It was difficult finding any Colombians who wanted to travel into that area with us, but the Colombian Coffee Growers Federation (FNC) found some of their local people to guide me and several other buyers I was with to farms in the area. We had to pass through lots of military checkpoints. Apparently, someone who knew somebody got word to another person who mentioned to the Colombian government that there was this small group of foreign coffee buyers that were going to be in the area. We were the only foreigners in that area during this uncertain time so the government dropped in some military units to "secure" the area and to make sure that we were safe.
Coincidentally, the next day, FARQ and the Colombian Government signed a final peace agreement.
That said, my wife hasn't been exactly happy with me going on these little trips. She didn't speak to me for a month after I got back from my trips to Burundi and Rwanda. First, because Burundi was extremely unstable politically, having recently experienced a failed military coup. The day I flew there to be a judge for a coffee competition, the brief period of peace was beginning to fall apart. While I was there, things were moving towards what everyone thought would be a civil war. The people of Burundi were not happy with the president finding a loophole in their constitution and staying in office for longer than his term. Supporters and the president's family members were being targeted.
One day, nearby the hotel where we were judging, there were several bursts of an automatic weapon and everyone hit the floor. It turned out one of the president's cousins—an army colonel—was driving on a scooter and was killed. When I called the American embassy, I got a voicemail. They had apparently already left the country, so they weren't of much help.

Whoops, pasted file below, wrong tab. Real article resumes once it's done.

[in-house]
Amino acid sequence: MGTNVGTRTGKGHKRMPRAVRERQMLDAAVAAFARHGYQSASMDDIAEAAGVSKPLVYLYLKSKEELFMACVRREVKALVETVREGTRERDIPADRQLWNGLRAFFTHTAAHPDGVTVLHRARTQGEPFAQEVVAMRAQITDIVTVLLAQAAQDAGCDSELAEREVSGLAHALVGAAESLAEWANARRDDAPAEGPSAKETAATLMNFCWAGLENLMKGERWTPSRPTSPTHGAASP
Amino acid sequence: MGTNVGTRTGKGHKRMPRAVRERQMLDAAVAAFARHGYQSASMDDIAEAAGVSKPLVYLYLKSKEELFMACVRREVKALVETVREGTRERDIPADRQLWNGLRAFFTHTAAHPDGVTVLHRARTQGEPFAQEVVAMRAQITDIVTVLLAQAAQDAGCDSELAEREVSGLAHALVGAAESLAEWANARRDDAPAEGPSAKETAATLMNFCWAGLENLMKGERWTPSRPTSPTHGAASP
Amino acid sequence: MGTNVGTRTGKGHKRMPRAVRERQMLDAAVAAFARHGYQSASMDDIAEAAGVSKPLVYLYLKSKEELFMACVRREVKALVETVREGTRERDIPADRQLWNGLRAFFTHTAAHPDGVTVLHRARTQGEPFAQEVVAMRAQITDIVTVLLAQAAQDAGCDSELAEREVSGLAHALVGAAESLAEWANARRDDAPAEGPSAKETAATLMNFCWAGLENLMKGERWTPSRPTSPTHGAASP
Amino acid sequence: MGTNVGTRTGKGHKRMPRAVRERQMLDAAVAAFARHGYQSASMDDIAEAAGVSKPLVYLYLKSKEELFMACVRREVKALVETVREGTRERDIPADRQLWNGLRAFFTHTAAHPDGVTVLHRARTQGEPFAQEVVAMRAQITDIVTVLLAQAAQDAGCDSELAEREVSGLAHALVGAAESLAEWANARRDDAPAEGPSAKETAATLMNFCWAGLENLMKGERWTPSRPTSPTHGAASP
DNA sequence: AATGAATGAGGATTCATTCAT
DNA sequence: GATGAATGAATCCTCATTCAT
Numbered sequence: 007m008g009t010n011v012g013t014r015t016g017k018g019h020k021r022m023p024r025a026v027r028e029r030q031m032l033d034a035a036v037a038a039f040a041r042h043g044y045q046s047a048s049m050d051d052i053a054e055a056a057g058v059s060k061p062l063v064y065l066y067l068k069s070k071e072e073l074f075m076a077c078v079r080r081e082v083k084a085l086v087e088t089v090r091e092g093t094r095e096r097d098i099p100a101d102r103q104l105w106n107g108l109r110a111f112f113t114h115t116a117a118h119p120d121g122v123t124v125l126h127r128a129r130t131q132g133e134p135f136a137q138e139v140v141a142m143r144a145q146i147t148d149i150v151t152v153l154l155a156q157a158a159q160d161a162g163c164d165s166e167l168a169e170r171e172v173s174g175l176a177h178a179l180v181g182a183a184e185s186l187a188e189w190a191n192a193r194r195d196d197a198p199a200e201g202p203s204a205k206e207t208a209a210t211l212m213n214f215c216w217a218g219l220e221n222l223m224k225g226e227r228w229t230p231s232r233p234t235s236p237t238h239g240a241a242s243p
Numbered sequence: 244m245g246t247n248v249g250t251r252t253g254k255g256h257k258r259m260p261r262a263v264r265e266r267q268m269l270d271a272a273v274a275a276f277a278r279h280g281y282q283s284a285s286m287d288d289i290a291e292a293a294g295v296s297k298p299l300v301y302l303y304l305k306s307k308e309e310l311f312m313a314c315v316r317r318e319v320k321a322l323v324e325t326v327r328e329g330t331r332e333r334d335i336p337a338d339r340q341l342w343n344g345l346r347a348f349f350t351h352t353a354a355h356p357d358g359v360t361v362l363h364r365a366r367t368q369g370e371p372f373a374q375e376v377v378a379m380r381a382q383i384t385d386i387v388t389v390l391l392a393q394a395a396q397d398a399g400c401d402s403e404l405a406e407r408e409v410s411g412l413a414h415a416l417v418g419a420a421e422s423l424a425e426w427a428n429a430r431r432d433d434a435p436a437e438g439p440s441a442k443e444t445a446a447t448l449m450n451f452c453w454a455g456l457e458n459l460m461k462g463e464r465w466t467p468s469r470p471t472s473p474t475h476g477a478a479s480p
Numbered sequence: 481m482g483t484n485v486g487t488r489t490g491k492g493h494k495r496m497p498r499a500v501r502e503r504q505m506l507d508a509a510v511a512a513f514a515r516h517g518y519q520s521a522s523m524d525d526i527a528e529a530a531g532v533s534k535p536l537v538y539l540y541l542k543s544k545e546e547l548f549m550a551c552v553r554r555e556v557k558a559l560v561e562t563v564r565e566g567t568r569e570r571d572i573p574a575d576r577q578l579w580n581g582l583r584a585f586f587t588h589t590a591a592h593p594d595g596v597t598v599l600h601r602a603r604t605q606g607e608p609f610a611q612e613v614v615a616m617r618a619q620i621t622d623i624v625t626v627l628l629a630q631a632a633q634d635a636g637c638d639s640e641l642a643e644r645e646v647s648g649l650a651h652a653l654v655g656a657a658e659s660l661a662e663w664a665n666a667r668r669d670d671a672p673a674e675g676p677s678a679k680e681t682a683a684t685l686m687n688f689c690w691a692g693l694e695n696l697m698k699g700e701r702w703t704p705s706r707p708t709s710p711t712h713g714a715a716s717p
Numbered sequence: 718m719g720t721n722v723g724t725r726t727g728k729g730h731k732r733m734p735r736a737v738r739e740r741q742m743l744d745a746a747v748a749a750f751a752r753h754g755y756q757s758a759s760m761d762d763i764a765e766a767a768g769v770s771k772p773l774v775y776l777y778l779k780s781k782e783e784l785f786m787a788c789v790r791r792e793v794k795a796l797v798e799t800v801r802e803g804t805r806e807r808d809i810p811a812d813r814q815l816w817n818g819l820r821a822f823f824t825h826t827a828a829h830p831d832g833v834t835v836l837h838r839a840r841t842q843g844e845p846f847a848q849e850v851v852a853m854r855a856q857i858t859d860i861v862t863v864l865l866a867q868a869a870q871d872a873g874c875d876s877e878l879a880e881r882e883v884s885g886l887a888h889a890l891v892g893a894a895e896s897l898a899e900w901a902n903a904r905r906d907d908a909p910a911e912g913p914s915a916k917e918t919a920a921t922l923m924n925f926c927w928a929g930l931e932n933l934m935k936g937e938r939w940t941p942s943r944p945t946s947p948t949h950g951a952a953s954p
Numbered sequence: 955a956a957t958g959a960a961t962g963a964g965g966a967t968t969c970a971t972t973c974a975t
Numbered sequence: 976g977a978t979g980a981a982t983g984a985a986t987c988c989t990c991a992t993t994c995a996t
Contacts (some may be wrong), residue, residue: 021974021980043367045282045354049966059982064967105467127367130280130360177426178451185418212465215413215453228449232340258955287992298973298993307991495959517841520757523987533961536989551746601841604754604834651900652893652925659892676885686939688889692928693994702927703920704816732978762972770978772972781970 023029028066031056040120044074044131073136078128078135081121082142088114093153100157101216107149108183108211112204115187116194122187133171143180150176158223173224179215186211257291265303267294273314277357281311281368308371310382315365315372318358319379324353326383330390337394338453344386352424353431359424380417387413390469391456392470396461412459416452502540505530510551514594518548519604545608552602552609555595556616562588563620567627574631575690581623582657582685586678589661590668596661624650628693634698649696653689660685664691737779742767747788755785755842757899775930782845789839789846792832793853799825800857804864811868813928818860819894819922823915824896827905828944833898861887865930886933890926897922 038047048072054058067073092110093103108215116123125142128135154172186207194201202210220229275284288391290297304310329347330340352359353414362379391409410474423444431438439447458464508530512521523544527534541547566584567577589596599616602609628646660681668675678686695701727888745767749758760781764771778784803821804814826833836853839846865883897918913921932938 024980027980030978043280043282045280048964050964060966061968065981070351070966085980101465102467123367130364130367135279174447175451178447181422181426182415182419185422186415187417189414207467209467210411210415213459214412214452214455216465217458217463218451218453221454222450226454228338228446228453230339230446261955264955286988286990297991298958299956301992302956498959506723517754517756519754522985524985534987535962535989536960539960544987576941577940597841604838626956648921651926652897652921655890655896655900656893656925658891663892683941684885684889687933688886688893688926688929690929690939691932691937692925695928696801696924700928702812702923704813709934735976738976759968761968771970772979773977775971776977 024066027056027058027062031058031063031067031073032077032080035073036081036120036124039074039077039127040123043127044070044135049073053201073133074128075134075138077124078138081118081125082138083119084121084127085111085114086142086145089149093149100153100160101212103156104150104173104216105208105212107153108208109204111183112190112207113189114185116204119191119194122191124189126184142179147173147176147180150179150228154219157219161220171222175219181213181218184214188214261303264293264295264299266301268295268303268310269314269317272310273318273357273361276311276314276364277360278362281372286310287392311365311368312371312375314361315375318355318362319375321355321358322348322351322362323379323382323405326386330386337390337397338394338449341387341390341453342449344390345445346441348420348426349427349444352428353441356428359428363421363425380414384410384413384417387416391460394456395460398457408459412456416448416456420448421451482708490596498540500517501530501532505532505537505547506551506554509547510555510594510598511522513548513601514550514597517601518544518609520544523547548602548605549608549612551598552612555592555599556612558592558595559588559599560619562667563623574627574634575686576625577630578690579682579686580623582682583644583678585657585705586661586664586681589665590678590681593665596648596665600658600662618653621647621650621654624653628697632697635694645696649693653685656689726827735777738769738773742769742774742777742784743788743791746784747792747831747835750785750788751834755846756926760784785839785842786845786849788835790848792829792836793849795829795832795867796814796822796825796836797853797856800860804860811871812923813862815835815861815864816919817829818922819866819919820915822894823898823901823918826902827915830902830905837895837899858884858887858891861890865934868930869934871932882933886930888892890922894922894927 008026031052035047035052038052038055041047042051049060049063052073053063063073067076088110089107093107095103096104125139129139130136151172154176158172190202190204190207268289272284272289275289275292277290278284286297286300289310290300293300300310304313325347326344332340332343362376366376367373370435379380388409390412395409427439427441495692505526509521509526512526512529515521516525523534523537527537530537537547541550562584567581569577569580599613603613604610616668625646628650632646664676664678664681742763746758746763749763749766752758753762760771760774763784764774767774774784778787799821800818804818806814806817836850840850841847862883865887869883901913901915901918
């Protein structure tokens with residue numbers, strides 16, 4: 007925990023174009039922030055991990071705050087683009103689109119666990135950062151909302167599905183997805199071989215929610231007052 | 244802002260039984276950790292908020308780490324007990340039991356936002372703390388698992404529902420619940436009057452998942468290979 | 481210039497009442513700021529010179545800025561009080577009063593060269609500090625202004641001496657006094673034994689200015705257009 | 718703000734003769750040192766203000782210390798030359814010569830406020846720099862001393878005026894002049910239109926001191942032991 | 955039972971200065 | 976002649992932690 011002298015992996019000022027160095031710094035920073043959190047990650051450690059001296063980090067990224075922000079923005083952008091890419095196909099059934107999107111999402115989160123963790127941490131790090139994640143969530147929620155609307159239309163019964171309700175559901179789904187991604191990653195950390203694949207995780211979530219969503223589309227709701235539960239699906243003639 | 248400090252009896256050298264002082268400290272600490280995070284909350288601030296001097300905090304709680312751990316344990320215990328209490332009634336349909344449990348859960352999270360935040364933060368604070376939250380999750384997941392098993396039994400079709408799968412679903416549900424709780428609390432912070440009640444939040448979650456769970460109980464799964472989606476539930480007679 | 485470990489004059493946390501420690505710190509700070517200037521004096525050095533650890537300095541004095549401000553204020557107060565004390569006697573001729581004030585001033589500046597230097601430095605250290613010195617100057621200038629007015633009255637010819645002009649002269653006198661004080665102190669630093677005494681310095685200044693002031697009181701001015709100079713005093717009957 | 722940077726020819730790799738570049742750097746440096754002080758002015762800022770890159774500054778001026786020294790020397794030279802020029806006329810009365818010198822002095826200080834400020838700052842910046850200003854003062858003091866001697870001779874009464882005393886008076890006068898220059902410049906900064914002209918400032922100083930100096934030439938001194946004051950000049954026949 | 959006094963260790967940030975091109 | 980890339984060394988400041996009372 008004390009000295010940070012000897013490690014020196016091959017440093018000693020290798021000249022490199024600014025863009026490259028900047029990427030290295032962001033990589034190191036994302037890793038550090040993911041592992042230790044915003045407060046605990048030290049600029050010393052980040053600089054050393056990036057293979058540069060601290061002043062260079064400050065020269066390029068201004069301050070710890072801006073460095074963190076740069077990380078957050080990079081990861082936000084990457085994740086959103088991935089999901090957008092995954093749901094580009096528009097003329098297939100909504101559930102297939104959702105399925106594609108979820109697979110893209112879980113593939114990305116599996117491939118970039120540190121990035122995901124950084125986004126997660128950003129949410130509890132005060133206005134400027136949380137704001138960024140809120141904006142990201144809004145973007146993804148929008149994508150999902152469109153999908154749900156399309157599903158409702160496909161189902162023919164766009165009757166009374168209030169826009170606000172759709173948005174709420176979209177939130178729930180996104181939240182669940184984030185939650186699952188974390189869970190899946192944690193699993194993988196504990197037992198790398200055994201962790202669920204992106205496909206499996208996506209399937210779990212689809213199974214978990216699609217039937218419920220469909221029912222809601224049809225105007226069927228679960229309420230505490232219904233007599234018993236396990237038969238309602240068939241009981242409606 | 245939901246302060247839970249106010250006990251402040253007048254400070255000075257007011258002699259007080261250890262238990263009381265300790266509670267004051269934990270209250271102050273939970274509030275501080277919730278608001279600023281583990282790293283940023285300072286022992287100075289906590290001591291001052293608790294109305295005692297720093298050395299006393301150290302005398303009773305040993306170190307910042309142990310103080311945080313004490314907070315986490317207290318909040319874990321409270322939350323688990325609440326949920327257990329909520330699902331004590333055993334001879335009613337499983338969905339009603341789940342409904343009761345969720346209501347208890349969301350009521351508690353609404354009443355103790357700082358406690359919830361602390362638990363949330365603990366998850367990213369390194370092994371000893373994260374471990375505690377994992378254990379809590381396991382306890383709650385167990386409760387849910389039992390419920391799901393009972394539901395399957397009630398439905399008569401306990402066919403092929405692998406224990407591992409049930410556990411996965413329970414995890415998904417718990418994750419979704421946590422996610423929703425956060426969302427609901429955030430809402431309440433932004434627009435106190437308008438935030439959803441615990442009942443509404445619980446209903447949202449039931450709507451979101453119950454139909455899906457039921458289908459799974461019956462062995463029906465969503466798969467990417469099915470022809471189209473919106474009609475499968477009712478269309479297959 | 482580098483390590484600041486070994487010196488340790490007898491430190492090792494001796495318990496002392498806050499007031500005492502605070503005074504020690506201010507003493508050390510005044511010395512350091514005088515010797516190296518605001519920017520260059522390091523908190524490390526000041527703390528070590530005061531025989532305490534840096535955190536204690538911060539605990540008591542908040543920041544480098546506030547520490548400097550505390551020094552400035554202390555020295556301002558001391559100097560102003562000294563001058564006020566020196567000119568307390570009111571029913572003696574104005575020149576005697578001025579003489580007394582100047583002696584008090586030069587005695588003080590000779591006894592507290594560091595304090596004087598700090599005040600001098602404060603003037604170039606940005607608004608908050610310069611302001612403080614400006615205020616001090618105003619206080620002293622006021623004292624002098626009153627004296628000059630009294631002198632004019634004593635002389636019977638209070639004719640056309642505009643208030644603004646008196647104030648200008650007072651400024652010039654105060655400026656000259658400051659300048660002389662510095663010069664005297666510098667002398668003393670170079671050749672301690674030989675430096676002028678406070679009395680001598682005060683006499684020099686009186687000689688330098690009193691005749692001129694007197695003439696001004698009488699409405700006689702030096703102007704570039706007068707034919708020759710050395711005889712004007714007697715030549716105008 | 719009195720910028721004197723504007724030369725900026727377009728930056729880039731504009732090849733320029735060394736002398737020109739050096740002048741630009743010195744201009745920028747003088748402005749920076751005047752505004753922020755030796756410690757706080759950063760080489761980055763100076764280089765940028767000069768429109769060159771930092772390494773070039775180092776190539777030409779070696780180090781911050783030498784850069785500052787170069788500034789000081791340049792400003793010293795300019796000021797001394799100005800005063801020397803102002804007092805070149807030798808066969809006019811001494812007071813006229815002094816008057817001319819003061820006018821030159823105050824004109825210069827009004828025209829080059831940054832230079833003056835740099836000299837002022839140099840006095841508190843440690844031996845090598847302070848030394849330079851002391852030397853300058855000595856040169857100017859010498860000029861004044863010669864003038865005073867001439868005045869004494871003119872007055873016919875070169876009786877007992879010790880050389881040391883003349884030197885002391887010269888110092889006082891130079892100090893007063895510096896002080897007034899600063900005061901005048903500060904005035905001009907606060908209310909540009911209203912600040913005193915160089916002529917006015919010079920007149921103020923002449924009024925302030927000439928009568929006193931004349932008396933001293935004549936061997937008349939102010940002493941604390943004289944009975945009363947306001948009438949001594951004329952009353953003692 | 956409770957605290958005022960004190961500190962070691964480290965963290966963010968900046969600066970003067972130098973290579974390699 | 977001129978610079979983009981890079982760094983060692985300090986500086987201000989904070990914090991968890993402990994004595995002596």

On the lighter side, while on a gorilla trek in the Virunga Mountains of Rwanda, I tumbled down a hill…only to slam into a the beta male Silverback gorilla of a family we were observing. My guide told me, when he could stop laughing, that I should have been dead. Luckily I didn't make any eye contact with the gorilla. I took what I thought was a posture of submission and somehow nothing happened. The gorilla just stared at me like I was an idiot. At the time, I agreed with him.
Life isn't easy for the people working in this industry. An agronomist I know was shot and paralyzed below the waist between farm visits in Western Honduras. I know someone who has been kidnapped on one occasion and then held up at gunpoint on another and then pulled from his truck and beaten senseless at yet another time as he was driving a truck full of green coffee up to a port. Yet, he is still in the coffee business. You have to remember, green coffee is as good as cash in coffee-producing countries.
Why do I keep going back and putting myself into these situations?
I go back because of the people. Every cup of coffee has a story, and I want to be able to tell it to other people on the other side of the world. I return so that the farmers understand that there is a real person buying their coffee because many farmers never get to meet their buyers. I go back to find the next great coffee before it gets sent to the regional mill and becomes homogenized as part of a regional blend. While I am careful not to present myself as an agronomist or expert on farming, because I am not, I share relevant stories about what other farmers in other parts of the world are doing to solve problems that are common everywhere.
Lastly, I just think the coffee community is populated by great and passionate people. Who wouldn't like hanging out with folks like that?
As told to Javier Cabral
Jeff Chean is the Chief Coffee Guy for Groundwork, a coffee roaster based in Los Angeles that has been making third-wave coffee since before the term even existed. For more information, check out their website.